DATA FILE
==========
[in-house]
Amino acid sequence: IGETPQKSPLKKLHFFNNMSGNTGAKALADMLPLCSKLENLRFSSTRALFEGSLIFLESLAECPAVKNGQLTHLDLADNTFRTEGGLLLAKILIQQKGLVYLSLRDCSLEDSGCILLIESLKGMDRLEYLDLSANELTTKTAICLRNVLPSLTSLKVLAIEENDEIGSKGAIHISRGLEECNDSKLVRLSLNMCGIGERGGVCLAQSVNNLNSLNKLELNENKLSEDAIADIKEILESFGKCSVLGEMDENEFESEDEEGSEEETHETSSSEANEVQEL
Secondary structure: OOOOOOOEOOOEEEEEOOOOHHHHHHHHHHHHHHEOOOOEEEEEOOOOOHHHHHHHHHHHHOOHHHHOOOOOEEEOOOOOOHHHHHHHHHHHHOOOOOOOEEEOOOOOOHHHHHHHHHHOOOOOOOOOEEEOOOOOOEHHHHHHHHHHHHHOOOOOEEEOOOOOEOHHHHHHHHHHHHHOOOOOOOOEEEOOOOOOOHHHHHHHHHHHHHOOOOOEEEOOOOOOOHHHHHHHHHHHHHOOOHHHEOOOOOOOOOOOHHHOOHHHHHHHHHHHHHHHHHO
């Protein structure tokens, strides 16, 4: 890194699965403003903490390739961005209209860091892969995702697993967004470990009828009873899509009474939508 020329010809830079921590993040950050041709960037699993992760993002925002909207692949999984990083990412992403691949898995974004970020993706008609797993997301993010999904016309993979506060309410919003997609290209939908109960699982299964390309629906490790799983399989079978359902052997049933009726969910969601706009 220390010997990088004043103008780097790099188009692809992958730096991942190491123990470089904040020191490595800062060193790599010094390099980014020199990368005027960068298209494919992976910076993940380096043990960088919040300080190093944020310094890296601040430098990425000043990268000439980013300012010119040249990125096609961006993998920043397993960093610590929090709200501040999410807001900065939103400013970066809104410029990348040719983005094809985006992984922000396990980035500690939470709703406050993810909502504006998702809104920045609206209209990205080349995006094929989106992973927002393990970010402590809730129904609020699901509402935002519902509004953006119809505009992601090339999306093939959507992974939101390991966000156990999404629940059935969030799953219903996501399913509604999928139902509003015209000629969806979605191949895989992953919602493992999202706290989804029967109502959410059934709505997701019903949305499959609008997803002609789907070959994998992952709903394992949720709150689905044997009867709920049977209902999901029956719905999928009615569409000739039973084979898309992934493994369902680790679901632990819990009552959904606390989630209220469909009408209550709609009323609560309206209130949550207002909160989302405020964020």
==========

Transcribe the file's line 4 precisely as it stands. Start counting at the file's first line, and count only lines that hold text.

């Protein structure tokens, strides 16, 4: 890194699965403003903490390739961005209209860091892969995702697993967004470990009828009873899509009474939508 020329010809830079921590993040950050041709960037699993992760993002925002909207692949999984990083990412992403691949898995974004970020993706008609797993997301993010999904016309993979506060309410919003997609290209939908109960699982299964390309629906490790799983399989079978359902052997049933009726969910969601706009 220390010997990088004043103008780097790099188009692809992958730096991942190491123990470089904040020191490595800062060193790599010094390099980014020199990368005027960068298209494919992976910076993940380096043990960088919040300080190093944020310094890296601040430098990425000043990268000439980013300012010119040249990125096609961006993998920043397993960093610590929090709200501040999410807001900065939103400013970066809104410029990348040719983005094809985006992984922000396990980035500690939470709703406050993810909502504006998702809104920045609206209209990205080349995006094929989106992973927002393990970010402590809730129904609020699901509402935002519902509004953006119809505009992601090339999306093939959507992974939101390991966000156990999404629940059935969030799953219903996501399913509604999928139902509003015209000629969806979605191949895989992953919602493992999202706290989804029967109502959410059934709505997701019903949305499959609008997803002609789907070959994998992952709903394992949720709150689905044997009867709920049977209902999901029956719905999928009615569409000739039973084979898309992934493994369902680790679901632990819990009552959904606390989630209220469909009408209550709609009323609560309206209130949550207002909160989302405020964020």